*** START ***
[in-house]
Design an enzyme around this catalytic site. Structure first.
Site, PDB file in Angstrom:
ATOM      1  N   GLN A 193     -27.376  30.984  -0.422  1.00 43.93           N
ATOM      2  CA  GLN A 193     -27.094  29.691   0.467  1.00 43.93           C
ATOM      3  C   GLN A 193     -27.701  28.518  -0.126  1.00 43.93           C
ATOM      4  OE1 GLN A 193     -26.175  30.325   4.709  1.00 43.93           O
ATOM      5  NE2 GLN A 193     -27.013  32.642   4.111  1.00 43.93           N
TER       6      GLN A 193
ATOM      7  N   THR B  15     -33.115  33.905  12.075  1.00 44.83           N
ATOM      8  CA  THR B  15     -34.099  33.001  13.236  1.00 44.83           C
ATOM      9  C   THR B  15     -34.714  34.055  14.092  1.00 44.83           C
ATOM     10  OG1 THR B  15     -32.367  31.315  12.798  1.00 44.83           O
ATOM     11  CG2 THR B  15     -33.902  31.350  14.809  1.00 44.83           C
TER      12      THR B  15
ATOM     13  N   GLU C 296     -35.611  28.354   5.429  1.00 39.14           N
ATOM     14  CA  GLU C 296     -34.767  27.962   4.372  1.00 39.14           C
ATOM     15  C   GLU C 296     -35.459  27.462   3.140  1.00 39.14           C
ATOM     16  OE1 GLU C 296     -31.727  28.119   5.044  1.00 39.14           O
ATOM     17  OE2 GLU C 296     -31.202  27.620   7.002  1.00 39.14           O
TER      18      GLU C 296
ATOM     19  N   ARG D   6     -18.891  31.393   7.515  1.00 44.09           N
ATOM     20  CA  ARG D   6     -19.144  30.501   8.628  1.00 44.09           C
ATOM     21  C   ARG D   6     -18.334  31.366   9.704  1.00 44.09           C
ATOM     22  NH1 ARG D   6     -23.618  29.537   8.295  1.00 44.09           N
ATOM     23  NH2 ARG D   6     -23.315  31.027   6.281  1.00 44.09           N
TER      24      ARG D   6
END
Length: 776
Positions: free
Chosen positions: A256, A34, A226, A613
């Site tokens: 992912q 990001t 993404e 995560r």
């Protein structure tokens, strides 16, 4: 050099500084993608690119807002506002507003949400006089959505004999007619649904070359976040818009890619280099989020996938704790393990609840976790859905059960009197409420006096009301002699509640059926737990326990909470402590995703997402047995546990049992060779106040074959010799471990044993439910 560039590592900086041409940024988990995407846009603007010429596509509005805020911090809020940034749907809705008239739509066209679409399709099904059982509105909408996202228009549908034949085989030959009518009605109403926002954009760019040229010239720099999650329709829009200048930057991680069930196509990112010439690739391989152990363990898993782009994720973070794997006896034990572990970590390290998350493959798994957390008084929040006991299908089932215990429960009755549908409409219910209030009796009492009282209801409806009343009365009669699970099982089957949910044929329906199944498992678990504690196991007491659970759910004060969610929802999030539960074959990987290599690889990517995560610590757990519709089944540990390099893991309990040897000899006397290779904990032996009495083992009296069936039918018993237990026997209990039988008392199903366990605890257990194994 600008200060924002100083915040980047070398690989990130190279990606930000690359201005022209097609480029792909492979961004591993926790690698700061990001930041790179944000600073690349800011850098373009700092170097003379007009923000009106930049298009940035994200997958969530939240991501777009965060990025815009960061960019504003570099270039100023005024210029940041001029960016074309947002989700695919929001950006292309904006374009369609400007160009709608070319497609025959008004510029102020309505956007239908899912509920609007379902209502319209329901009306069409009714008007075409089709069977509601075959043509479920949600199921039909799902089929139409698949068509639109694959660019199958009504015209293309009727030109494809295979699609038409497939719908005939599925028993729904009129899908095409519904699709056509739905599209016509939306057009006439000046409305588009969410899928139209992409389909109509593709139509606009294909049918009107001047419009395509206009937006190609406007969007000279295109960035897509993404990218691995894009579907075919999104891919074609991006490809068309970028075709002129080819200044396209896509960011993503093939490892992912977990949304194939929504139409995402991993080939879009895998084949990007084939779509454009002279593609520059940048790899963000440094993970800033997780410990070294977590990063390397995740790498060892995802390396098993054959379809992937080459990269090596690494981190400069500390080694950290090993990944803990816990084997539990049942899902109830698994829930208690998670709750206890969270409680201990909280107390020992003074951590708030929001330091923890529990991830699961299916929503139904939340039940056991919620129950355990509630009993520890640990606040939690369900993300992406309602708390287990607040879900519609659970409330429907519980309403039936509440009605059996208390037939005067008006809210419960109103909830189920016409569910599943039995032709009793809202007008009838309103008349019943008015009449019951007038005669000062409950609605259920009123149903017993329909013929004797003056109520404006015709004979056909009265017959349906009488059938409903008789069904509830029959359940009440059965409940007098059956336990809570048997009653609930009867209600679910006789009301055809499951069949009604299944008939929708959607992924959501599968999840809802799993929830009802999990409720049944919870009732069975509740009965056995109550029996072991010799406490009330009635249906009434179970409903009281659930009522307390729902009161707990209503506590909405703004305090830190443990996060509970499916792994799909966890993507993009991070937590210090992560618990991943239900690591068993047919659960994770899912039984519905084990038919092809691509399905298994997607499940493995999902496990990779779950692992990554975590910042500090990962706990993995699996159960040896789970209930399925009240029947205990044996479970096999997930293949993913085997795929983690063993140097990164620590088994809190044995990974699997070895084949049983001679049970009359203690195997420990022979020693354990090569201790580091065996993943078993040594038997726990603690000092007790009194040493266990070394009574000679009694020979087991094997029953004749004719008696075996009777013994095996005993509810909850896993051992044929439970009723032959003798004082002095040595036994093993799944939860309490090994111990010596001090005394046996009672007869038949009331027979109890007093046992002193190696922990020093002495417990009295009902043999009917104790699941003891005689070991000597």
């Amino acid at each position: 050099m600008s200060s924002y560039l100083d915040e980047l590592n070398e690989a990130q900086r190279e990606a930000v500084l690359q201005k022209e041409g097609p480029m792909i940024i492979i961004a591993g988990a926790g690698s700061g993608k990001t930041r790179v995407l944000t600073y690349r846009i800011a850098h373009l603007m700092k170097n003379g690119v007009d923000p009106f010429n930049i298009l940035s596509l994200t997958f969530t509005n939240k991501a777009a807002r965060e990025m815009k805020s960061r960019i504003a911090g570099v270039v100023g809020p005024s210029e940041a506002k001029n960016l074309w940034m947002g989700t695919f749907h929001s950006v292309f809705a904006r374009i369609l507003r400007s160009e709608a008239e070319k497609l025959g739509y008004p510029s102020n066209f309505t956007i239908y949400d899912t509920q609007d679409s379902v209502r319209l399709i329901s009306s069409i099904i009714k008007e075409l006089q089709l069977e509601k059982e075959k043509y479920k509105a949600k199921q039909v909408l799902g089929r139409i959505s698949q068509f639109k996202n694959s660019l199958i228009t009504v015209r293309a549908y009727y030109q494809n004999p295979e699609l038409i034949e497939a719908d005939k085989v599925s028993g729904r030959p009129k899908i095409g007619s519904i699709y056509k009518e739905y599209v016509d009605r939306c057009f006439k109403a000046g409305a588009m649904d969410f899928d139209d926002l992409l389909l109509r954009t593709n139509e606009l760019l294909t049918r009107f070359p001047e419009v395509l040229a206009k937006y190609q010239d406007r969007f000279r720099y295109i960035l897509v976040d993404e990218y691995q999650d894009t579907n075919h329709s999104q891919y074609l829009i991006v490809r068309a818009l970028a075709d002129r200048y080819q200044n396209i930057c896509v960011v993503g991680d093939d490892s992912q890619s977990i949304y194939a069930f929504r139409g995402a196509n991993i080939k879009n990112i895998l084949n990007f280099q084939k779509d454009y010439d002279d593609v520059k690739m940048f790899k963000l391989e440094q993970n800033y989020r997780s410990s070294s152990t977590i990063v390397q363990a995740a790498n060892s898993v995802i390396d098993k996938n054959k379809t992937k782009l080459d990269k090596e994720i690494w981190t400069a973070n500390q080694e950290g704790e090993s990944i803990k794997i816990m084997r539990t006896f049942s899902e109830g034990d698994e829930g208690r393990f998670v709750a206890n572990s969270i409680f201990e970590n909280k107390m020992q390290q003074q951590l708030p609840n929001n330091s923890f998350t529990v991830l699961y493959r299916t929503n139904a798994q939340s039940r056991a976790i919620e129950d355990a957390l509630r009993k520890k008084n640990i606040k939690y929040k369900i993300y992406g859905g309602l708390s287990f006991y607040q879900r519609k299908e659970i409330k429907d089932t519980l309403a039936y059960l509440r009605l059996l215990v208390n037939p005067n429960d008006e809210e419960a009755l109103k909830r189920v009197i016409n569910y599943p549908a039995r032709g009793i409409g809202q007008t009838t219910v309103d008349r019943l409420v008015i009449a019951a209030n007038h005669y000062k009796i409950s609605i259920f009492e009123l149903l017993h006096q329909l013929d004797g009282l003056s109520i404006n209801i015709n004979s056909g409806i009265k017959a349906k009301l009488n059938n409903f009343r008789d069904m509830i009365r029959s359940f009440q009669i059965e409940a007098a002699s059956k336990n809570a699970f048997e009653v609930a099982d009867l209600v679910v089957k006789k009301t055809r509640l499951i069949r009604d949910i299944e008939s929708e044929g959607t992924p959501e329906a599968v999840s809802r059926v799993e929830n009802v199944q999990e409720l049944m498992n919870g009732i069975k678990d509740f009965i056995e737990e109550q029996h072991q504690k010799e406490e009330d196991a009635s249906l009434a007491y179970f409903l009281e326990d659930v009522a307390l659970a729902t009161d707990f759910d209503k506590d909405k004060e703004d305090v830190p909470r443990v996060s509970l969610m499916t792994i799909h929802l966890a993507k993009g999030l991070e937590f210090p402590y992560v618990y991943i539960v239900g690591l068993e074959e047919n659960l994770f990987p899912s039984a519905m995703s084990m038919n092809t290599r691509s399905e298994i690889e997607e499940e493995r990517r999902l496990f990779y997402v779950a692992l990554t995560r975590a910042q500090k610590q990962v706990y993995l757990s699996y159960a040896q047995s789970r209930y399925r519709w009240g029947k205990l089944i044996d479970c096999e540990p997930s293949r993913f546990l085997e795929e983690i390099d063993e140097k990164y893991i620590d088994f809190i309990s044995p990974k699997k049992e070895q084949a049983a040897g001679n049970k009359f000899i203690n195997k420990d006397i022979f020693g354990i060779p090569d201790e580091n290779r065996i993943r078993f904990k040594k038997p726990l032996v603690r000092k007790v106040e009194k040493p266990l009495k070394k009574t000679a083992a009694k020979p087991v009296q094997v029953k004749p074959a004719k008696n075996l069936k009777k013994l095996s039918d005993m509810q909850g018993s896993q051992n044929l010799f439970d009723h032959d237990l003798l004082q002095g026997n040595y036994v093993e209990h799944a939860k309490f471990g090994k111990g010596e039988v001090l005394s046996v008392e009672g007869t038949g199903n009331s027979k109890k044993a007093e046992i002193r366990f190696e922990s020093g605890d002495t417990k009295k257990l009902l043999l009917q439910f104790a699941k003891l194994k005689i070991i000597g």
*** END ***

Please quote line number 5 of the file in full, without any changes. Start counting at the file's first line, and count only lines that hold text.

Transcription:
ATOM      2  CA  GLN A 193     -27.094  29.691   0.467  1.00 43.93           C